The real relationship is a component of the therapeutic relationship. The therapeutic relationship consists of three elements: the therapeutic alliance or working alliance, a dynamic process of transference-countertransference, and a personal or real relationship. Although there has been a wide range of attention given to the therapeutic alliance and transference aspects at the core of the therapeutic process, less has been devoted to understanding the real/personal relationship. According to Charles J. Gelso of the Department of Psychology at the University of Maryland, “The working alliance may be seen as reflecting the work collaboration between therapist and client, whereas the real relationship is the personal, non-work element of all relationships.” The distinction between the two relationships prompted Geslo to explore how the real relationship affected treatment outcome in a sample of 42 clients undergoing brief therapy.
Geslo evaluated the real relationships between the clients and their therapists at the beginning of treatment, one session into treatment, and at the conclusion of the four sessions of therapy and found that the subjectivity of the relationship was directly related to treatment outcome. Specifically, Geslo found that clients who perceived their real relationships with their therapists as trusting, respectful, and strong from the beginning of treatment had better outcomes than those who perceived it as weak. Additionally, the average of the perceptions taken at three different times seemed to predict treatment outcome. However, Geslo also discovered that the therapists’ perceptions of the relationship did not impact outcome.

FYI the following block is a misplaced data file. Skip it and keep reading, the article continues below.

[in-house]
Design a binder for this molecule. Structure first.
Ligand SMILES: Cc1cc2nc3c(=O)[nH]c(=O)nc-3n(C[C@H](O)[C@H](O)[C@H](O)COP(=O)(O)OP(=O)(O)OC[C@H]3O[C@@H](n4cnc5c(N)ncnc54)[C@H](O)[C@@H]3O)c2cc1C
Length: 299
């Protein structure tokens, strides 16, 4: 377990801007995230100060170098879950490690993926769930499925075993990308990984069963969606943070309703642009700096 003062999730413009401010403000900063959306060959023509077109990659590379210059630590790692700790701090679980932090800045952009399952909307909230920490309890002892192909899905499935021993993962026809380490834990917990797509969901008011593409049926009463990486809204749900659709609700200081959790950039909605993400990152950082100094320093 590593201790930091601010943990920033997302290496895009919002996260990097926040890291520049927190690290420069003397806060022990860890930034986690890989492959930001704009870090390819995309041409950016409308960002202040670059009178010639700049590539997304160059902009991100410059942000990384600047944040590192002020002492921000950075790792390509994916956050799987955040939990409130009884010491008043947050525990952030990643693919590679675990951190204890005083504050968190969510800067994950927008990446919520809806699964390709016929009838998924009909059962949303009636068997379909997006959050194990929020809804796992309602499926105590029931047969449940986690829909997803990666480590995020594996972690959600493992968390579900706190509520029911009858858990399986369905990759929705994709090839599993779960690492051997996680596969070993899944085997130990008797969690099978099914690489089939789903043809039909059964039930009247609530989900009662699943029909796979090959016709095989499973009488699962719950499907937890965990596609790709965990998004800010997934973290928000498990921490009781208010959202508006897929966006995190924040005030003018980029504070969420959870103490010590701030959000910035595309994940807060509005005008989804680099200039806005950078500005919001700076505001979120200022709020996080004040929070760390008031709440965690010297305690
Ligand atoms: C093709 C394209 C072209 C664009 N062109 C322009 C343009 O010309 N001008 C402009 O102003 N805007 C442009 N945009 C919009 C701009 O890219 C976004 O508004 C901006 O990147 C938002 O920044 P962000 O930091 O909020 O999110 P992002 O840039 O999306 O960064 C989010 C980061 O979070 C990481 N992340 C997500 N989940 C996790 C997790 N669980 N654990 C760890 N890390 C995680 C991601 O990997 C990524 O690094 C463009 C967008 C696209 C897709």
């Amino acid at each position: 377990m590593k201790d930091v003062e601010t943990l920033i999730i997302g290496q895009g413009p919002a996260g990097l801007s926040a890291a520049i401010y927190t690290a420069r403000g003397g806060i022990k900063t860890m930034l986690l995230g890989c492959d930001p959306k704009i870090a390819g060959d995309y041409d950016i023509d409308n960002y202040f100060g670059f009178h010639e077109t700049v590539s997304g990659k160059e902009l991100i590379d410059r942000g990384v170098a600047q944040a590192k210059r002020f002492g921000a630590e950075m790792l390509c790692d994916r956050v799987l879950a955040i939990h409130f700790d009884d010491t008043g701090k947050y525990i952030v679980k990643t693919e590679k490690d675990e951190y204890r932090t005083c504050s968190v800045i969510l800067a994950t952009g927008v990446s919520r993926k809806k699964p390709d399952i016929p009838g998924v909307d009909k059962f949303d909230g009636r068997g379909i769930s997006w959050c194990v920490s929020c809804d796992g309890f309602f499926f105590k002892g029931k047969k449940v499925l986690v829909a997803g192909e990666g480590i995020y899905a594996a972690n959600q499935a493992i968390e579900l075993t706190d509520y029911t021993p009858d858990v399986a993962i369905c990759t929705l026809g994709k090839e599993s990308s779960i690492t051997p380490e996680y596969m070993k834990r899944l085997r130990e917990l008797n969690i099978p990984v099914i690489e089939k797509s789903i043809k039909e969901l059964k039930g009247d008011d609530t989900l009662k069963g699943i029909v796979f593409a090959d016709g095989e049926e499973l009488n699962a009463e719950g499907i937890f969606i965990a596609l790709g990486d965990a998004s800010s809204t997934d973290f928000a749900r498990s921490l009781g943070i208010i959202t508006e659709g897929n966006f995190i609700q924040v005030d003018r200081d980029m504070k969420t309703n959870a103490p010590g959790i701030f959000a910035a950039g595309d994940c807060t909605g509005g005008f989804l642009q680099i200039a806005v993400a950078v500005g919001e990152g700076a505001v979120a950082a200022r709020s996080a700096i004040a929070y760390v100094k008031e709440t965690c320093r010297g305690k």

This finding was interesting because even though the client and therapist perceptions had independent effects on treatment outcome, for the participants with positive outcomes, both perceptions tended to converge toward treatment completion. Geslo realizes that his findings should be considered in light of the fact that the therapists were from university counseling centers only and that the outcomes in this study were based only on brief psychotherapy. Future work should look at how the real relationship affects treatment outcome in longer courses and with a more diverse participant sample in hopes of gaining insight into ways to strengthen the real relationship when it is weak.
Gelso, C. J., Kivlighan, D. M., Jr., Busa-Knepp, J., Spiegel, E. B., Ain, S., Hummel, A. M., et al. (2012). The unfolding of the real relationship and the outcome of brief psychotherapy. Journal of Counseling Psychology. Advance online publication. doi: 10.1037/a0029838
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